Potatoes, those underground tubers grown on the roots of the potato plant, are the basis for popular foods like french fries, potato chips, and potato flour.
When fresh, potatoes have a high water content but are primarily composed of carbohydrates, especially starch, making up around 66-90% of their dry weight. They also contain small amounts of protein and fibre but very little fat.
When you peel a potato, you'll notice a sticky white coating on its surface – that's the potato starch leaking out. Peeling increases the potato's surface area, revealing more starch, and the same happens when you cut them into chips.
To achieve crispier and better-looking chips, it's essential to reduce excess starch. Here's how you can do it:
- Rinse the sliced potatoes under cold water to wash away much of the surface starch.
- Repeat the rinsing process three times or until the water runs clear, especially if you've cut the potatoes into chips.
By removing excess starch, you prevent the chips from clumping together during frying and maintain the oil quality. Sugar won't build up in the oil if the starch is adequately reduced.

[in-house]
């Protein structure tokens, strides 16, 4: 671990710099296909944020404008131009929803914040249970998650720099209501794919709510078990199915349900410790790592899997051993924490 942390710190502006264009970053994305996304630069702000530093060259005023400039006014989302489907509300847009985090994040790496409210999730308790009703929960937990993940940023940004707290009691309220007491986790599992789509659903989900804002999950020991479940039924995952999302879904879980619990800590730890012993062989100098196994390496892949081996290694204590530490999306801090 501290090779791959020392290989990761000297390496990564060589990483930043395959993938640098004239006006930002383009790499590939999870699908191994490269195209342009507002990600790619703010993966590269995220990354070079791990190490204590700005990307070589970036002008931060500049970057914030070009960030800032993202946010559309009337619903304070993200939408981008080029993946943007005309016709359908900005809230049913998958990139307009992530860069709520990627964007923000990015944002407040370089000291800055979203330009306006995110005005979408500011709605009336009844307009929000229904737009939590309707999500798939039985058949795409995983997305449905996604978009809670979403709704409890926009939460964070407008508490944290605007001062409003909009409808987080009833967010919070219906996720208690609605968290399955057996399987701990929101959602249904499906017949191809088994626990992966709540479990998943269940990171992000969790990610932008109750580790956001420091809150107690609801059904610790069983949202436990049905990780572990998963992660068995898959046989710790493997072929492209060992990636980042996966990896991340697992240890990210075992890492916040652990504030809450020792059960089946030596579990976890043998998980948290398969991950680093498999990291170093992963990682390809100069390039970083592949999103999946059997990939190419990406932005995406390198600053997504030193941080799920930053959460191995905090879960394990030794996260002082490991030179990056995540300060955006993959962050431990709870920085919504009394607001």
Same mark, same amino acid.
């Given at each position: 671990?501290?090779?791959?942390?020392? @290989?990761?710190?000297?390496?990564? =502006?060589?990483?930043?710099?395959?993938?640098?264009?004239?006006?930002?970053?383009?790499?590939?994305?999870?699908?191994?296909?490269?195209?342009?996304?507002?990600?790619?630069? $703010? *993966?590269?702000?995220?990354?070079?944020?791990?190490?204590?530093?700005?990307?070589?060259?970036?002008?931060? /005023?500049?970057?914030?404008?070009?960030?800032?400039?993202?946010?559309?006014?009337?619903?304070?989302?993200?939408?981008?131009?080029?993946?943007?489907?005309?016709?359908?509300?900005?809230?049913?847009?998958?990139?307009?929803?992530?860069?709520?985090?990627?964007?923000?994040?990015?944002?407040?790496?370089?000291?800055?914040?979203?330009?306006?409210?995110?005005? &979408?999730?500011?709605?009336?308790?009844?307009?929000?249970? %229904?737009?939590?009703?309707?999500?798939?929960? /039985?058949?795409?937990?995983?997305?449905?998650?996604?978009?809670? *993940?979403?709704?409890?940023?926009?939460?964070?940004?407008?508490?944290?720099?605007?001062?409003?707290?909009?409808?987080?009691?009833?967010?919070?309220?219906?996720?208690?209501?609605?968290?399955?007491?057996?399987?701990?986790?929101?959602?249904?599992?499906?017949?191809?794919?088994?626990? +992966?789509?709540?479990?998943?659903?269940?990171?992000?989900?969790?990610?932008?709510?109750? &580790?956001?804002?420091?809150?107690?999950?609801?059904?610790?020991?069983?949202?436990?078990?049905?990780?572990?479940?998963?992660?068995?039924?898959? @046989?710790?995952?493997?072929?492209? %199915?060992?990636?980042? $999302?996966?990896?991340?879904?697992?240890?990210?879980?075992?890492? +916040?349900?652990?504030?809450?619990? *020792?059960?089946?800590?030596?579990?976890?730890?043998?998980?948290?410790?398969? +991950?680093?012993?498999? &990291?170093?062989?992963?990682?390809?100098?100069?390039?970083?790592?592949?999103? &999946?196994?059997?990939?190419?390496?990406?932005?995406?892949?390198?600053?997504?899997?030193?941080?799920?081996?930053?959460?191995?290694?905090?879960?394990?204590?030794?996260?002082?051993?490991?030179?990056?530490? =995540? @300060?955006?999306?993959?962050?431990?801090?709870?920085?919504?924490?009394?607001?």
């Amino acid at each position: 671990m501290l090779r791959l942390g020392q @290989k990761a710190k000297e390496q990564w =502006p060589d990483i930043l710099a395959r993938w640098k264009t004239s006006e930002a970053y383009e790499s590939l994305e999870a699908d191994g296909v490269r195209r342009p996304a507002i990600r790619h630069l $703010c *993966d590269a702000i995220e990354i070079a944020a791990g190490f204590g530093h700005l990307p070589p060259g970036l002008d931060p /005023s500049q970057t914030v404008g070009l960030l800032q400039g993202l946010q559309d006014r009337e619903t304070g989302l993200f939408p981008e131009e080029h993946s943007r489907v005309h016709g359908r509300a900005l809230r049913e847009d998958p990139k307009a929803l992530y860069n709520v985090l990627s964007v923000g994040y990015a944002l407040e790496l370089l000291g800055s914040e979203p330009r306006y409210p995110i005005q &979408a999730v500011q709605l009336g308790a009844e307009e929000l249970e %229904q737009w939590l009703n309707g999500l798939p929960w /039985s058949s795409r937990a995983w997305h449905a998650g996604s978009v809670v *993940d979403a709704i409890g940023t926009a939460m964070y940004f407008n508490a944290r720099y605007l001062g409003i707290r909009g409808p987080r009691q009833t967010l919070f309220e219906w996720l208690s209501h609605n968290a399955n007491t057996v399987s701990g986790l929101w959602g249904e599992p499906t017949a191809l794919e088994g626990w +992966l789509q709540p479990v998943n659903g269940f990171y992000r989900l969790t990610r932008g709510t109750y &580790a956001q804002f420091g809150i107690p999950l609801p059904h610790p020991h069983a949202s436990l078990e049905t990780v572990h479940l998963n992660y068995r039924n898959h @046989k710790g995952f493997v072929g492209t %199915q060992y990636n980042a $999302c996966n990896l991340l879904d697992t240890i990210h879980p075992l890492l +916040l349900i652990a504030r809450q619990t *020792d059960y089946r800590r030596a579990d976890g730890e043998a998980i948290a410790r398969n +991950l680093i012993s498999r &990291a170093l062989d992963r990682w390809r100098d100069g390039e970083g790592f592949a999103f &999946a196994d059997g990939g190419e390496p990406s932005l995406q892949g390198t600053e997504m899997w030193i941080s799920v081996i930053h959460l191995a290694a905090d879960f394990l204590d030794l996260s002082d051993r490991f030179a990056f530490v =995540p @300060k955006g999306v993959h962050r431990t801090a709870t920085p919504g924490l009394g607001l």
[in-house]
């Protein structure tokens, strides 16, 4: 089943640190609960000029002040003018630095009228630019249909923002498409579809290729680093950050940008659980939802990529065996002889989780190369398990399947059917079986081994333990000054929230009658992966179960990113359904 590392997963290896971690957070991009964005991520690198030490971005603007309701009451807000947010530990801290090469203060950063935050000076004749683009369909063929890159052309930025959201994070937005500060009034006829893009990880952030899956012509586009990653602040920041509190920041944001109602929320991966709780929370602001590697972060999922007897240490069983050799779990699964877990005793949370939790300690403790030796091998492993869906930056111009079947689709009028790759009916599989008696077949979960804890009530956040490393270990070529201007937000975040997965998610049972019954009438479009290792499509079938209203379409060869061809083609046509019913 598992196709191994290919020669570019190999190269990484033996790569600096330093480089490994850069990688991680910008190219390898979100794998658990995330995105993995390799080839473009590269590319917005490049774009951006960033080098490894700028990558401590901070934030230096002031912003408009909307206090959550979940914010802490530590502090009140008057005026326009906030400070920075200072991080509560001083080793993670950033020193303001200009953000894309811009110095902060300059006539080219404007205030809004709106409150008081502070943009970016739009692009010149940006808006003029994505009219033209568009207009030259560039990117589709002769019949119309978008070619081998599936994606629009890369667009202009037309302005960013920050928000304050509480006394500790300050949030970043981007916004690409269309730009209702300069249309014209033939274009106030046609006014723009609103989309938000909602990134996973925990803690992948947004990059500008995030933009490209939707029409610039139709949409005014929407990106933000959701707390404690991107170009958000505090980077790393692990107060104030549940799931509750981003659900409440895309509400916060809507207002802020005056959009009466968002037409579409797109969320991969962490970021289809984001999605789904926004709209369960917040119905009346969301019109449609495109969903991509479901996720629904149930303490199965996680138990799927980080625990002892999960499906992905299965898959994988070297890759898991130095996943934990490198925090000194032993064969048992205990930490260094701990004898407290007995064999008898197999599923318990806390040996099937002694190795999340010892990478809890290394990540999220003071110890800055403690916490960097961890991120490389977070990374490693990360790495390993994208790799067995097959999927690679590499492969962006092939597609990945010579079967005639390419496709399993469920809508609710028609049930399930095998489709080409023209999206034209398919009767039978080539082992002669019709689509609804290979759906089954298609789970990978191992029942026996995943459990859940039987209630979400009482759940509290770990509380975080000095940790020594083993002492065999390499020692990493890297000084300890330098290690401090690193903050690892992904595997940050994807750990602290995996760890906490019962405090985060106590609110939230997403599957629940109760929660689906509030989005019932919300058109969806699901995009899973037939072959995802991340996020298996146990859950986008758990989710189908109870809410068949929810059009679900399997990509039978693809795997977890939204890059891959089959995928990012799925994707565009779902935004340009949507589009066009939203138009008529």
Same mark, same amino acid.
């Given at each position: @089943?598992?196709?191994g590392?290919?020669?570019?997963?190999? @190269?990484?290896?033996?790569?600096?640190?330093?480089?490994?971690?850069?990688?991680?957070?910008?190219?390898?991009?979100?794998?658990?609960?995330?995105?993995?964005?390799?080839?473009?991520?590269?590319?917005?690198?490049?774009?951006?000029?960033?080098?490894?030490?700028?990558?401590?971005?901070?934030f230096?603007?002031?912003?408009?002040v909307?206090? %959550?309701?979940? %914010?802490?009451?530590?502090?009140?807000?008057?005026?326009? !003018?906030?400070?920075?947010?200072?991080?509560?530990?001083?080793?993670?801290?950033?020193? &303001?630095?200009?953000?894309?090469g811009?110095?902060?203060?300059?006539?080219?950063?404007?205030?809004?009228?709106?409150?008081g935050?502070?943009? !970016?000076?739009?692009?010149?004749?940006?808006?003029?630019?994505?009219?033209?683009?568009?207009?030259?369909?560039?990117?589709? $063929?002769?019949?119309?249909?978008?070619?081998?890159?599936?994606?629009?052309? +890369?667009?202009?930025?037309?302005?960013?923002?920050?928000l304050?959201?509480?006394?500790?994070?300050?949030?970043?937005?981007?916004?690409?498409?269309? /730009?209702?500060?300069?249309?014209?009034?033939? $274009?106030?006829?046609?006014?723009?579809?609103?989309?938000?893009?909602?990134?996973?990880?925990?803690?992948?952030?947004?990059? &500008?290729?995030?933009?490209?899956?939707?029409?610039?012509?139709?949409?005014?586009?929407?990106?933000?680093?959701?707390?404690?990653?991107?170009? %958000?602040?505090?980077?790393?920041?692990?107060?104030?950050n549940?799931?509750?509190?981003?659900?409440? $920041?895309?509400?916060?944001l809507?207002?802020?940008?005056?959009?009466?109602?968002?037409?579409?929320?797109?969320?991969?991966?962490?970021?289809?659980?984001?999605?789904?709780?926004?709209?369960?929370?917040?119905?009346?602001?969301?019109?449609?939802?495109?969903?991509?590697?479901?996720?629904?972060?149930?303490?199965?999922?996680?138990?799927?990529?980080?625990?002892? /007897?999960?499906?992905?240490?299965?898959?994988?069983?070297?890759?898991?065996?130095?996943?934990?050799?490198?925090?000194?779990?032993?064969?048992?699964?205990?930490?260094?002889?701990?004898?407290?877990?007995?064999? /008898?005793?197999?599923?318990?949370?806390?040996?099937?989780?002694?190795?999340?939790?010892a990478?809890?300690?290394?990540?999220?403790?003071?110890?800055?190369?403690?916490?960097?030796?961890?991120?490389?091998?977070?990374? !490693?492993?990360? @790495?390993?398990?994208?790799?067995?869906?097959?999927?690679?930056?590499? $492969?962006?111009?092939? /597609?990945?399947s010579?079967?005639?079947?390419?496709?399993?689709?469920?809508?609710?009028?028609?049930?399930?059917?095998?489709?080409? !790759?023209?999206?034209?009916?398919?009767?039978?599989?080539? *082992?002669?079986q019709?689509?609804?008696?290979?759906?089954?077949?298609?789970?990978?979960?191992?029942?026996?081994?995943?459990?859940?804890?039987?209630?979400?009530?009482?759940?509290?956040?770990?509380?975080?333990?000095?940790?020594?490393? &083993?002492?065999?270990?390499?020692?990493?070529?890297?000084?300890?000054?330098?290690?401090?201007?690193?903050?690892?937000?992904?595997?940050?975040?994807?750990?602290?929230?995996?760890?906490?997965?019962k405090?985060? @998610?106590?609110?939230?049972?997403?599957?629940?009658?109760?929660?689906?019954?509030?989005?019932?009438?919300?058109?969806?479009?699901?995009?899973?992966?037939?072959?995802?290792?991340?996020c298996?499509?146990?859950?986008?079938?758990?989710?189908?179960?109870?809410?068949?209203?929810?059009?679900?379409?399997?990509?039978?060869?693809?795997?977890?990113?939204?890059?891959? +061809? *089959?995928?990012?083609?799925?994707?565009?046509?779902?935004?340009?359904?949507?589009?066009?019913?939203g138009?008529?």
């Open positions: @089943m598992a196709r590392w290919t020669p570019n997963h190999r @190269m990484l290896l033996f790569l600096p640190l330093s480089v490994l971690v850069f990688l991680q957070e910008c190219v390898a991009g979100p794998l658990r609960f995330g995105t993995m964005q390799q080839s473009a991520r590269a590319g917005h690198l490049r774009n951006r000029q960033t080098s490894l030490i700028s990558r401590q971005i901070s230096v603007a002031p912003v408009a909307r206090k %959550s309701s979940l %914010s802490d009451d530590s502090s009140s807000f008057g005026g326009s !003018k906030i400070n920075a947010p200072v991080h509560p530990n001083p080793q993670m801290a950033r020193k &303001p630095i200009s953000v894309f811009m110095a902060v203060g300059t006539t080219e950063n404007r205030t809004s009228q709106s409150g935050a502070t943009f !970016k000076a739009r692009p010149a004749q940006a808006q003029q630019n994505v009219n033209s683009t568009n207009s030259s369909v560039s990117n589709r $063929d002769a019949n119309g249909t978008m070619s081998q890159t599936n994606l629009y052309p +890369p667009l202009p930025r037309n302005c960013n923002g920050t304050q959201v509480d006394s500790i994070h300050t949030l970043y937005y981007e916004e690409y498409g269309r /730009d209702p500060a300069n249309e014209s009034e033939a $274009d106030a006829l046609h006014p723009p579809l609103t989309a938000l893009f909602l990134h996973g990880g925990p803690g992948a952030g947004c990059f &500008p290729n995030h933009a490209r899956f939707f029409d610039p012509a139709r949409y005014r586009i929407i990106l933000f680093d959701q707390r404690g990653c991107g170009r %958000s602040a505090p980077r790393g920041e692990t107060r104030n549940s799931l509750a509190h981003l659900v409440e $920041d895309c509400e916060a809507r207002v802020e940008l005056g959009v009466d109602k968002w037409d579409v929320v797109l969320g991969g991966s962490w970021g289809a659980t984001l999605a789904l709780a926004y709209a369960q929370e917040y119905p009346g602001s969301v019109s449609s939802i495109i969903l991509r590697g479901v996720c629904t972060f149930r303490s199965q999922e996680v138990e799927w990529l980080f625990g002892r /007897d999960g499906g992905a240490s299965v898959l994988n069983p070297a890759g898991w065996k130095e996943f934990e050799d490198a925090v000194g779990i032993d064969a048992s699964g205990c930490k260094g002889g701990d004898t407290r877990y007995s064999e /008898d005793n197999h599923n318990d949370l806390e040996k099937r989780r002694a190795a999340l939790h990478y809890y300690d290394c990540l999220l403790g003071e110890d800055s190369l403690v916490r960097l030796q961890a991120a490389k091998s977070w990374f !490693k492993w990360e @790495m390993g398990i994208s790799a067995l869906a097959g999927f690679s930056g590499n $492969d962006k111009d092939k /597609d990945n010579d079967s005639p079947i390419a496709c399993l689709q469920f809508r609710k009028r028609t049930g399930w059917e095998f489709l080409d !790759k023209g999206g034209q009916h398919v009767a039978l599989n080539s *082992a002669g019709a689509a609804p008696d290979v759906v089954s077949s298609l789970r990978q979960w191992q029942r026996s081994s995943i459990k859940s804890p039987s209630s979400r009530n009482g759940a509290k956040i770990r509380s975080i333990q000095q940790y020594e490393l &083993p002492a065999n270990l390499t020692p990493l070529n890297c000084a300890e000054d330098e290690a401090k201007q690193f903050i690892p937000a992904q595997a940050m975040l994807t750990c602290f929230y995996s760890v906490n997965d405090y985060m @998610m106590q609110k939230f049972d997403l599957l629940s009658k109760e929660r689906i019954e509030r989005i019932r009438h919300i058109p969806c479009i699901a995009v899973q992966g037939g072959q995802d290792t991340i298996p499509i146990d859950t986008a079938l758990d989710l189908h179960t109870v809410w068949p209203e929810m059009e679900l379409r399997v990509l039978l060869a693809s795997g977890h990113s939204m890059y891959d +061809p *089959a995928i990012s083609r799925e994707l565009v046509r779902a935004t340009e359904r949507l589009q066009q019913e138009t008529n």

If you have a batch of high-starch potatoes and can't use them immediately, you can follow this method: de-starch the chips as mentioned above and then fill the barrel with hot water, leaving them for half an hour. Rinse and proceed with your standard method.
For optimum results, treat your chips with Ceres Chip Preparation Formula to prevent spoilage when they're out of the water.
As for frying, the choice is yours. You can blanch, cook them straight through, or even crinkle-cut. Although this guide won't instantly create the best chips, it's certainly a step closer. For more guidance on preparing chips from freshly peeled potatoes, you can refer to a separate guide.